Dating While Asexual

Daunting. Positively daunting.

As some readers will know, I’m in a relationship that’s basically a marriage minus the paperwork. We’re seven years strong and things are super.

Recently we’ve been discussing the possibility of seeing other people casually. Our priority is being partners. We always want to come home to each other, share our lives and be there for each other. Our family of two cats and one another is the happiest part of my life, and I fully trust it is for him too. But if he ever wants to completely understand his sexuality, he needs to explore with people who he can, well, explore with. And frankly, I’m interested to know more about the hulabuloo of asexual dating, or rather, how it works since I managed to skip that altogether. So now the door is open to both of us. And so, ladies gents and all in between, I created an Okcupid profile.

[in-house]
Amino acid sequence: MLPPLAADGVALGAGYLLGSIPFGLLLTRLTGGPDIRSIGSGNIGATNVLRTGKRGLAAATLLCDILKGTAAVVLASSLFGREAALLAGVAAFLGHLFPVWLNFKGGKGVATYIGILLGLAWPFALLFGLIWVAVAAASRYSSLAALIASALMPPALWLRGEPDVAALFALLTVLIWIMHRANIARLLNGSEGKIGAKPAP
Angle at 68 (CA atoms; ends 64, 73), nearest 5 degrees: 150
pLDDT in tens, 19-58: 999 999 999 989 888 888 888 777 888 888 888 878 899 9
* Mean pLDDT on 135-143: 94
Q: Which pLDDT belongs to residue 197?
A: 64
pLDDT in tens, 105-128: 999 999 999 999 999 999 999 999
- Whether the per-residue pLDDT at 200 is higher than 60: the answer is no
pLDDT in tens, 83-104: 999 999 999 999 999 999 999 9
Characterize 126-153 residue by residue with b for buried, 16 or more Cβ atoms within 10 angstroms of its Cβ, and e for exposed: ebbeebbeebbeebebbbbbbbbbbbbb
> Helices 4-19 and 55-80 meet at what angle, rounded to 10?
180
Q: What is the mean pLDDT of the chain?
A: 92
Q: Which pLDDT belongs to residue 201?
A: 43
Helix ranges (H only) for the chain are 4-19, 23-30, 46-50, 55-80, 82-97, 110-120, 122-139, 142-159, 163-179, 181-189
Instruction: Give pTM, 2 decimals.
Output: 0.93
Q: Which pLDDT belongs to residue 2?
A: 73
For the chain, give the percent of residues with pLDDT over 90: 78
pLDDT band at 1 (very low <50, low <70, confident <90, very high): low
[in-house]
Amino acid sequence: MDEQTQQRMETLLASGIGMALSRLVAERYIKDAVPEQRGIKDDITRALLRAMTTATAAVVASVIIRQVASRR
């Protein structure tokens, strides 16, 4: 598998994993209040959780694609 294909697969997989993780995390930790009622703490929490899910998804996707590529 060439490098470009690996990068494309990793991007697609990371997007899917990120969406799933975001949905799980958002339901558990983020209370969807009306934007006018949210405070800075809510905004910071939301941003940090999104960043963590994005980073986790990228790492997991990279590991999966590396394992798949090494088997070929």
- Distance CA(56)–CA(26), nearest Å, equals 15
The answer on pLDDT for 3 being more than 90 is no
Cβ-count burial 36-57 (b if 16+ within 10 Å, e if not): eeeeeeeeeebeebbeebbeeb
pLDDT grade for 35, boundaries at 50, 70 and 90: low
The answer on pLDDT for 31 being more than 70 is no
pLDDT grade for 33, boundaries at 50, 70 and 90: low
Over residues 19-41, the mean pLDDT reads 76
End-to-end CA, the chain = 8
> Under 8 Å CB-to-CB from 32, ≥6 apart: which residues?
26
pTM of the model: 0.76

Right off the bat during profile creation, I noticed there’s no option for ‘asexual’ when listing your orientation. I get it. We’re like 1% of the population, and we’re seldom talked about, so I expected this (but maaaybe you could add it sometime, hmm? HMM?). I opted for Bisexual, since I develop romantic attractions to men and women.

This means I need to list somewhere in my profile that I’m asexual. The question is, where?

I tried putting it right at the beginning, thinking that it seemed right. People should know right away before they decide they like the rest of my profile and are disappointed, right?